United States District Court, W.D. New York
DECISION AND ORDER
MICHAEL A. TELESCA JUDGE
by counsel, plaintiff Warner Martin Michels
(“Plaintiff”) brings this action pursuant to
Title II of the Social Security Act (the “Act”),
seeking review of the final decision of the Acting
Commissioner of Social Security (the “Commissioner”
or “Defendant”) denying his application for
disability insurance benefits (“DIB”). The Court
has jurisdiction over this matter pursuant to 42 U.S.C.
§ 405(g). Presently before the Court are the
parties' cross-motions for judgment on the pleadings
pursuant to Rule 12(c) of the Federal Rules of Civil
Procedure. For the reasons discussed below, Plaintiff's
motion is granted to the extent that this case is remanded to
the Commissioner for further administrative proceedings
consistent with this Decision and Order, and the
Commissioner's motion is denied.
protectively filed an application for DIB in May 2012,
alleging disability as of February 1, 2011 due to a learning
disorder, attention deficit disorder, and anxiety.
Administrative Transcript (“T.”) 144-52, 186.
Plaintiff's application was initially denied. T. 69-76.
At Plaintiff's request, a hearing was held before
administrative law judge (“ALJ”) Grenville W.
Harrop, Jr. on August 8, 2013. T. 26-54. On May 28, 2014, ALJ
Harrop issued a decision in which he found that Plaintiff was
not disabled as defined in the Act. T. 12-21. On June 10,
2012, the Appeals Council denied Plaintiff's request for
review, rendering the ALJ's determination the
Commissioner's final decision. T. 1-6. This action
The ALJ's Decision
the ALJ determined that Plaintiff met the insured status
requirements of the Act though December 31, 2016. T. 14. At
step one of the five-step sequential evaluation, see
20 C.F.R. §§ 404.1520, 416.920, the ALJ determined
that Plaintiff had not engaged in substantial gainful
activity since February 1, 2011, the alleged onset date.
Id. At step two, the ALJ found that Plaintiff
suffered from the severe impairments of anxiety, depression,
and attention-deficit hyperactivity disorder
(“ADHD”) and the non-severe impairment of
hyperlipidemia. Id. At step three, the ALJ found
that Plaintiff did not have an impairment or combination of
impairments that met or medically equaled the severity of any
listed impairment. T. 15. The ALJ particularly considered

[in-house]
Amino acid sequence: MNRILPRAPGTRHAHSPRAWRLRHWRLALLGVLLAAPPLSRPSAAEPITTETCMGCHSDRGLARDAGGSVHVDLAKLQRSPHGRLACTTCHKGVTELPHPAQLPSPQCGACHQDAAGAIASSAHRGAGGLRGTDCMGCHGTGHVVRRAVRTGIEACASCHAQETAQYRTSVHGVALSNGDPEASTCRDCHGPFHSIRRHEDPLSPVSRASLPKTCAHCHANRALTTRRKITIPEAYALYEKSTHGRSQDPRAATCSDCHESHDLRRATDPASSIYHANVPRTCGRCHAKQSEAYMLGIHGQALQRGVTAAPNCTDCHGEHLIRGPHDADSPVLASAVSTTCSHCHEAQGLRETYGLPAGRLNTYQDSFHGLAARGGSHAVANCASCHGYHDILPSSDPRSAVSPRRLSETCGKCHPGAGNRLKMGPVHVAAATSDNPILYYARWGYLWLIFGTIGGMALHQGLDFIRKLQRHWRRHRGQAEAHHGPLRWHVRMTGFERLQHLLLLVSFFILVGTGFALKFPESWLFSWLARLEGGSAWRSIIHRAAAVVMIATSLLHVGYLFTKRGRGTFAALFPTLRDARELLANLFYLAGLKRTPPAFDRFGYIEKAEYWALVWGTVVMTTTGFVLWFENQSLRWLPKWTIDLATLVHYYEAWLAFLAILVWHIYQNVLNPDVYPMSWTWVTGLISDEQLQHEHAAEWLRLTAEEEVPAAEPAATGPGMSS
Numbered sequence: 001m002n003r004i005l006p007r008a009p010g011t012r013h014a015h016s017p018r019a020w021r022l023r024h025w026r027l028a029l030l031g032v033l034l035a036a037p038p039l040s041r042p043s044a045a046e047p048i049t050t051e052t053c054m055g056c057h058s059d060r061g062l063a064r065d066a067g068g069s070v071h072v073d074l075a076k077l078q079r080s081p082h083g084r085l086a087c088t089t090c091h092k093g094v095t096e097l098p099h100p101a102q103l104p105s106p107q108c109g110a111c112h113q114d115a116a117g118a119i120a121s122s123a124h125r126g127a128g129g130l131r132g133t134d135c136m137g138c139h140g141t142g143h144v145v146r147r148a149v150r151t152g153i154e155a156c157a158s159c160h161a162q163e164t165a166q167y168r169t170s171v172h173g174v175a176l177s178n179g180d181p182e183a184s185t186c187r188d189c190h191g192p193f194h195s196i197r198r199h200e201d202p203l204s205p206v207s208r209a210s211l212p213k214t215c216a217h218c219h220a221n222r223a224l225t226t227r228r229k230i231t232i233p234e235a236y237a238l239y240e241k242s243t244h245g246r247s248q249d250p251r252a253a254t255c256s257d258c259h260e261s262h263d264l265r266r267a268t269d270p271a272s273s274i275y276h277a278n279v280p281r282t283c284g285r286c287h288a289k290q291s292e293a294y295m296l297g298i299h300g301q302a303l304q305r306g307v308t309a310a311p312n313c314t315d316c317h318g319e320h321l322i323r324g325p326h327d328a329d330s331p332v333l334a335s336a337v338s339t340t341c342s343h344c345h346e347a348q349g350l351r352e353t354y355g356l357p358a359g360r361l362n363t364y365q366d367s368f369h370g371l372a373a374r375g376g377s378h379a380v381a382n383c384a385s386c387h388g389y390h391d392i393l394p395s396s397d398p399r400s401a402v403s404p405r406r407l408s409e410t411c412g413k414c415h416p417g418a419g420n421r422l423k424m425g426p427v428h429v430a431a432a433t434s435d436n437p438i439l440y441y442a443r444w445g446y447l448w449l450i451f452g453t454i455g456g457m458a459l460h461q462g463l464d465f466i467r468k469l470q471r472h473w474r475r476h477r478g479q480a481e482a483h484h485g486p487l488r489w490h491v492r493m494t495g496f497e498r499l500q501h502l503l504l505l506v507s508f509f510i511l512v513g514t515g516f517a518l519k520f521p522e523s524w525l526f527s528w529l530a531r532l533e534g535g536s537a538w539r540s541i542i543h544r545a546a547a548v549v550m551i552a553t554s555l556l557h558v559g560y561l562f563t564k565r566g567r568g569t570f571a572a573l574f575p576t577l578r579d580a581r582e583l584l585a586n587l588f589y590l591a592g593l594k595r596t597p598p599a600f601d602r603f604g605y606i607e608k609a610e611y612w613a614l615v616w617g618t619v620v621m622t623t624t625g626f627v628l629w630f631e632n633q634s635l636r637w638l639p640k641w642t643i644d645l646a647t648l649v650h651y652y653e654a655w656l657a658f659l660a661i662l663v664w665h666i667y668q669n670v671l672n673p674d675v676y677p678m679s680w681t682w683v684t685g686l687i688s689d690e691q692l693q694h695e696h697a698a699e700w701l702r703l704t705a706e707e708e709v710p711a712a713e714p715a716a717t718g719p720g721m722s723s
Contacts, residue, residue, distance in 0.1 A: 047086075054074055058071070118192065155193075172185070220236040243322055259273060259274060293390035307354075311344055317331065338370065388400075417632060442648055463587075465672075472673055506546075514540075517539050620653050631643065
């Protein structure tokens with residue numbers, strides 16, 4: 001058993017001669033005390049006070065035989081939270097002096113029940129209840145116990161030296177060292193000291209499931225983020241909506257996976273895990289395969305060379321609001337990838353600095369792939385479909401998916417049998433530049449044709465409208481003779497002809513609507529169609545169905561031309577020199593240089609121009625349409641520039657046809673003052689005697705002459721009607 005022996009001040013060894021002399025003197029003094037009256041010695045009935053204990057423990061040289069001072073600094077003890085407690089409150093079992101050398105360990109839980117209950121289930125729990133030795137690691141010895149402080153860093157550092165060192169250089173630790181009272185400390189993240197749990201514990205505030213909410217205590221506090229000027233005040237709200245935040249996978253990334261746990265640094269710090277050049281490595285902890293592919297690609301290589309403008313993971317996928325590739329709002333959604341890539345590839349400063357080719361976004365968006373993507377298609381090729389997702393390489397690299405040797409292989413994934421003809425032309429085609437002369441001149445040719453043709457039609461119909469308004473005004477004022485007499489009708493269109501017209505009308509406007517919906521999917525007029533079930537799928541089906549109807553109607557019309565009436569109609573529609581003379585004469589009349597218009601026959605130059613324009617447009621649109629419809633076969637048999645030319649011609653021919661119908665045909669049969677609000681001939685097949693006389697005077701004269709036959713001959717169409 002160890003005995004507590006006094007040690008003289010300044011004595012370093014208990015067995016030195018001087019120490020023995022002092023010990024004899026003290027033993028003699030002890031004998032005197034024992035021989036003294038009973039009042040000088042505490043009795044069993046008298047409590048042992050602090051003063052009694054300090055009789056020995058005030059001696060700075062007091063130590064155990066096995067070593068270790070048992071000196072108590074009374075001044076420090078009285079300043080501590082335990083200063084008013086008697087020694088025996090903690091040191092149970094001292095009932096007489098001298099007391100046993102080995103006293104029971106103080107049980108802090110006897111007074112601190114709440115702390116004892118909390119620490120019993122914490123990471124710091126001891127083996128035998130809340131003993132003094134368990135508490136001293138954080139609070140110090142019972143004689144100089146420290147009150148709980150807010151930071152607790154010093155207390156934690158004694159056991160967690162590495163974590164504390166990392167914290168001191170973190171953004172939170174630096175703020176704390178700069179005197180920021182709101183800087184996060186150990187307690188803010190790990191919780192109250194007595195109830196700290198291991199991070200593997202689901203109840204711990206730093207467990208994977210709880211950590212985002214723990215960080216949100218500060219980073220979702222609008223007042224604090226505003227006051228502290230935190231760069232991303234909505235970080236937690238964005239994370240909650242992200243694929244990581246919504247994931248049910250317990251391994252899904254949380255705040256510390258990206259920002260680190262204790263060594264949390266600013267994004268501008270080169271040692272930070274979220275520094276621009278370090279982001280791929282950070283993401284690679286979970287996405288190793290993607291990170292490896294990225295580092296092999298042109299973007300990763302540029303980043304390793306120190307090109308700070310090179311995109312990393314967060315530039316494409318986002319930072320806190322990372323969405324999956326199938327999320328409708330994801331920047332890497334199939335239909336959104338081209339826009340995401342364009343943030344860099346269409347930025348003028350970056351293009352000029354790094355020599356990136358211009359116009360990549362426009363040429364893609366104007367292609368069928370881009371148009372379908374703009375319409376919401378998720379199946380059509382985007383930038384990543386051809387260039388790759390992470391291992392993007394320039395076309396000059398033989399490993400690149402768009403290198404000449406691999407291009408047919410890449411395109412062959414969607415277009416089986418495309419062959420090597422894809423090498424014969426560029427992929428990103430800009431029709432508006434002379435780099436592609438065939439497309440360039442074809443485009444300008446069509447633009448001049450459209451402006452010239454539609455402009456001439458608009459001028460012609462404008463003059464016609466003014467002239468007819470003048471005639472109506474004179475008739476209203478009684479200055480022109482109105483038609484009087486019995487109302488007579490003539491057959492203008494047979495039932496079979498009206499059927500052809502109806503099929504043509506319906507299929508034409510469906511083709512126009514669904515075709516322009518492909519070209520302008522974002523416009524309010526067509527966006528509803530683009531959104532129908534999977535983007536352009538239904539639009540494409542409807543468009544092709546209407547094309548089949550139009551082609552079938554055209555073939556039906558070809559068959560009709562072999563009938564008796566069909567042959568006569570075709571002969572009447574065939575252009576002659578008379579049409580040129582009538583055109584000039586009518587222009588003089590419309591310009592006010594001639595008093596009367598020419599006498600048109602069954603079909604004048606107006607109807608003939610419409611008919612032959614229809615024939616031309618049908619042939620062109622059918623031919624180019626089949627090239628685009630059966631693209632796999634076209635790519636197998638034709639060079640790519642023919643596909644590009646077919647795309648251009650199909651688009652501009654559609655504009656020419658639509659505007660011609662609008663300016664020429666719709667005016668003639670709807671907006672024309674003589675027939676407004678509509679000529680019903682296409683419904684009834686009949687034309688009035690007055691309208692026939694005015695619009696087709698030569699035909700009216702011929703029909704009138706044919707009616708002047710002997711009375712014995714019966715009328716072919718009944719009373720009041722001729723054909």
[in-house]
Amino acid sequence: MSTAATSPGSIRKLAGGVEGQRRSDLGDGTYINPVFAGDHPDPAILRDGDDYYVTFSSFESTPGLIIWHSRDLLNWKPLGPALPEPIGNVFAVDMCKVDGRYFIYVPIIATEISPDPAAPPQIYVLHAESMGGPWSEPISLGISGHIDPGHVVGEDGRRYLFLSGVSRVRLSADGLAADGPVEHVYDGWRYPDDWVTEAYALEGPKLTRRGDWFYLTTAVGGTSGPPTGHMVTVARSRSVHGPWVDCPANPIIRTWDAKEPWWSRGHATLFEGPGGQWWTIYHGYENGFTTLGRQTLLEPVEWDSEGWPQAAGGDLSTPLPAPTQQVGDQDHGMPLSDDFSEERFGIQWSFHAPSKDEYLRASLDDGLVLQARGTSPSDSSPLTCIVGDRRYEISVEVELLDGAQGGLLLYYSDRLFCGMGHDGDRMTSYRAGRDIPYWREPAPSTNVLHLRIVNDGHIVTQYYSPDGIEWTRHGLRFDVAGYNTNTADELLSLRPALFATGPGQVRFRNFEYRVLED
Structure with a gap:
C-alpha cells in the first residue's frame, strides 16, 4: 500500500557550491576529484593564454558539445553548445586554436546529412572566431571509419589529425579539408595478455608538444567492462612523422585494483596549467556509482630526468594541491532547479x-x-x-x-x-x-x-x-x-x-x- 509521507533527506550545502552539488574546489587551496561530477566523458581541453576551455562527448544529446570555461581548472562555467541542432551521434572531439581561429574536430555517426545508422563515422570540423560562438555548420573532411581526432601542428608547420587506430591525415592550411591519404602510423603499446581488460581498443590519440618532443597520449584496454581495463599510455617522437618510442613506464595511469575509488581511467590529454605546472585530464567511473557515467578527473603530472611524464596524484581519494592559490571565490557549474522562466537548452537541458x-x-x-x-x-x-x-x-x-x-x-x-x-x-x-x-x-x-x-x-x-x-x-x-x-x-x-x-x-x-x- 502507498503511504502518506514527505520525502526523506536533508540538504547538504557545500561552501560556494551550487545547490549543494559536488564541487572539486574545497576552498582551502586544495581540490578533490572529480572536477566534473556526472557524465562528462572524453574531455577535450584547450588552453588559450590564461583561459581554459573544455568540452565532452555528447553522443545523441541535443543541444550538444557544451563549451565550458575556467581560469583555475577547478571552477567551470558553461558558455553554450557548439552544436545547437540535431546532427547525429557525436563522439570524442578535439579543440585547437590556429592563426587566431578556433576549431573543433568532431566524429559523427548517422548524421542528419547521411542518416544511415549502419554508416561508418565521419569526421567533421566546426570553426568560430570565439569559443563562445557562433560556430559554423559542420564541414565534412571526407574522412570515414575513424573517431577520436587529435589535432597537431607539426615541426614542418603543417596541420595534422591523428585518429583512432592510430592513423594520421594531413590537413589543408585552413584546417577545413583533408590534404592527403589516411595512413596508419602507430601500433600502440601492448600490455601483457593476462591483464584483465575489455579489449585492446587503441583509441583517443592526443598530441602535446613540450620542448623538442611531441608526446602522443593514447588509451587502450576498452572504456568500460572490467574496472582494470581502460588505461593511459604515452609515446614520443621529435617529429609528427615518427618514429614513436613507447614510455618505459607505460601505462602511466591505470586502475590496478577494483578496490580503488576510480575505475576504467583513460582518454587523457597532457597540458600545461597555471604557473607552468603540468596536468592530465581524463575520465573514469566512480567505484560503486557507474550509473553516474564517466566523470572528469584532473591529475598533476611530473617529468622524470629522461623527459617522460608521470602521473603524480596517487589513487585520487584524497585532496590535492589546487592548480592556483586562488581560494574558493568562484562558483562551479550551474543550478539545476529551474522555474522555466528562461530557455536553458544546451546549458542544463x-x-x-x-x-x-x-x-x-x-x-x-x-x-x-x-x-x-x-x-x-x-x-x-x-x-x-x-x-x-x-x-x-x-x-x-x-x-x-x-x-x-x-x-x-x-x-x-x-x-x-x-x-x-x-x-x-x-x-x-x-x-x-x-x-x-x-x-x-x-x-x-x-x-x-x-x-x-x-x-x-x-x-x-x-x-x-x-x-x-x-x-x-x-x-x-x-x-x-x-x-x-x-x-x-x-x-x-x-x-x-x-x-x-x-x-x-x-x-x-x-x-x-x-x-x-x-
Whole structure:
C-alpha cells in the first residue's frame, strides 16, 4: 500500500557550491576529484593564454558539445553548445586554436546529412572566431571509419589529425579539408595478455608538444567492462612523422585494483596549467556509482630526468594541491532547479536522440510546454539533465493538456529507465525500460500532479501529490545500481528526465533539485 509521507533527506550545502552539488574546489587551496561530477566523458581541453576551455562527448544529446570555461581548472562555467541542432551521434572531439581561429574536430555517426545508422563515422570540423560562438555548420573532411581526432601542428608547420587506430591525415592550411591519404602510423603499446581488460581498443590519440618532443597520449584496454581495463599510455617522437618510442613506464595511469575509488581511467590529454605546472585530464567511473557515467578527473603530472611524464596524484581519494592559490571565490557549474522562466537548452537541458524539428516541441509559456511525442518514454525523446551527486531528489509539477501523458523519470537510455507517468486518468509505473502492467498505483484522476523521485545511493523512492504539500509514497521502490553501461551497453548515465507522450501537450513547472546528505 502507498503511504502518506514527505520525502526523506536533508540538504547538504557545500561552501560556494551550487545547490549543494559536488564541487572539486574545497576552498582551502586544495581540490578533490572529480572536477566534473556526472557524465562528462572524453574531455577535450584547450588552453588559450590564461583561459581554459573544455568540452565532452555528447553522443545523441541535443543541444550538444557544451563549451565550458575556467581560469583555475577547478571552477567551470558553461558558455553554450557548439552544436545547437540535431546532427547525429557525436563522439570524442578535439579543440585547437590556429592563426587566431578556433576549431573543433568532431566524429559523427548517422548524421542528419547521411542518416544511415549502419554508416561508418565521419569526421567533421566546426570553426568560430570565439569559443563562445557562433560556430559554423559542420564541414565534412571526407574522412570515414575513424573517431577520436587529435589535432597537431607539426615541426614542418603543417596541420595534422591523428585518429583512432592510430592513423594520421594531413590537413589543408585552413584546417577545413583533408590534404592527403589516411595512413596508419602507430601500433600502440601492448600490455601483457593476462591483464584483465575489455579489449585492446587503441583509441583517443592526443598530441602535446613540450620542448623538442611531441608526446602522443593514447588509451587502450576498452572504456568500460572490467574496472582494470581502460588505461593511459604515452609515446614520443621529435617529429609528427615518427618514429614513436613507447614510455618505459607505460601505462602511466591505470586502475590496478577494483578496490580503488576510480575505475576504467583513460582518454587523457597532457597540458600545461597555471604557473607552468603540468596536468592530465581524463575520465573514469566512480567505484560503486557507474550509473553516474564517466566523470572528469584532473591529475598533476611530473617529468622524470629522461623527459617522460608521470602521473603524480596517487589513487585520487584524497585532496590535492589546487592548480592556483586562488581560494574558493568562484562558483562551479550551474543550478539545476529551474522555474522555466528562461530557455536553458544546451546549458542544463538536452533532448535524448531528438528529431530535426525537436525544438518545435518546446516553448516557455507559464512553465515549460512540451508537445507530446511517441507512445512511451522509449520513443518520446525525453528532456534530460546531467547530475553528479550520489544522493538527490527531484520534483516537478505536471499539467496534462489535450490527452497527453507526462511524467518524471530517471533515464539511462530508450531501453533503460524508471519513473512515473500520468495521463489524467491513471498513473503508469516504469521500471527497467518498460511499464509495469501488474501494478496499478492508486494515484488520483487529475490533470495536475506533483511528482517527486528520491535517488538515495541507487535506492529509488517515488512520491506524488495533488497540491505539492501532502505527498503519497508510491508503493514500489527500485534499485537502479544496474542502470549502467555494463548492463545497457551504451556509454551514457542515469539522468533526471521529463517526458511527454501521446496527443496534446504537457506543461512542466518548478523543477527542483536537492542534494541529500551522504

section 4.00 (cardiovascular impairments) and Listings 12.04
(depressive, bipolar, and related disorders) and 12.06
(anxiety and obsessive compulsive disorders) in reaching this
determination. T. 15-16.
proceeding to step four, the ALJ determined that Plaintiff
retained the RFC to perform a full range of work at all
exertional levels with the following non-exertional
limitations: minimal to no limitations in the ability to
follow and understand simple directions and to perform simple
tasks independently; moderate limitations in the ability to
maintain attention and concentration, to keep a regular
schedule, to learn new tasks, to perform complex tasks
independently, to make appropriate decisions, to relate
adequately with others, and to appropriately deal with
stress. T. 15-16.
four, the ALJ found that Plaintiff was unable to perform any
past relevant work. T. 20. At step five, the ALJ relied on
the testimony of a vocational expert to conclude that,
considering Plaintiff's age, education, work experience,
and RFC, there are jobs that exist in significant numbers in
the national economy that Plaintiff could perform.
Id. Accordingly, the ALJ found Plaintiff not
disabled. T. 21.
Scope of Review
district court may set aside the Commissioner's
determination that a claimant is not disabled only if the
factual findings are not supported by “substantial
evidence” or if the decision is based on legal error.
42 U.S.C. § 405(g); see also Green-Younger v.
Barnhart, 335 F.3d 99, 105-06 (2d Cir. 2003).
“Substantial evidence means such relevant evidence as a
reasonable mind might accept as adequate to support a
conclusion.” Shaw v. Chater, 221 F.3d 126, 131
(2d Cir. 2000) (internal quotation omitted). Although the
reviewing court must scrutinize the whole record and examine
evidence that supports or detracts from both sides,
Tejada v. Apfel, 167 F.3d 770, 774 (2d Cir. 1998)
(citation omitted), “[i]f there is substantial evidence
to support the [Commissioner's] determination, it must be
upheld.” Selian v. Astrue, 708 F.3d 409, 417
(2d Cir. 2013). “The deferential standard of review for
substantial evidence does not apply to the Commissioner's
conclusions of law.” Byam v. Barnhart, 336
F.3d 172, 179 (2d Cir. 2003).
Plaintiff makes the following arguments in support of his
motion for judgment on the pleadings: (1) the AlJ failed to
properly consider Plaintiff's learning disorder; (2) the
ALJ's RFC finding was not in functional terms and
therefore frustrates meaningful review; and (3) the ALJ's
credibility determination was not supported by substantial
evidence. For the reasons set forth below, the Court finds
that remand of this matter for further administrative
proceedings is necessary.
Consideration of ...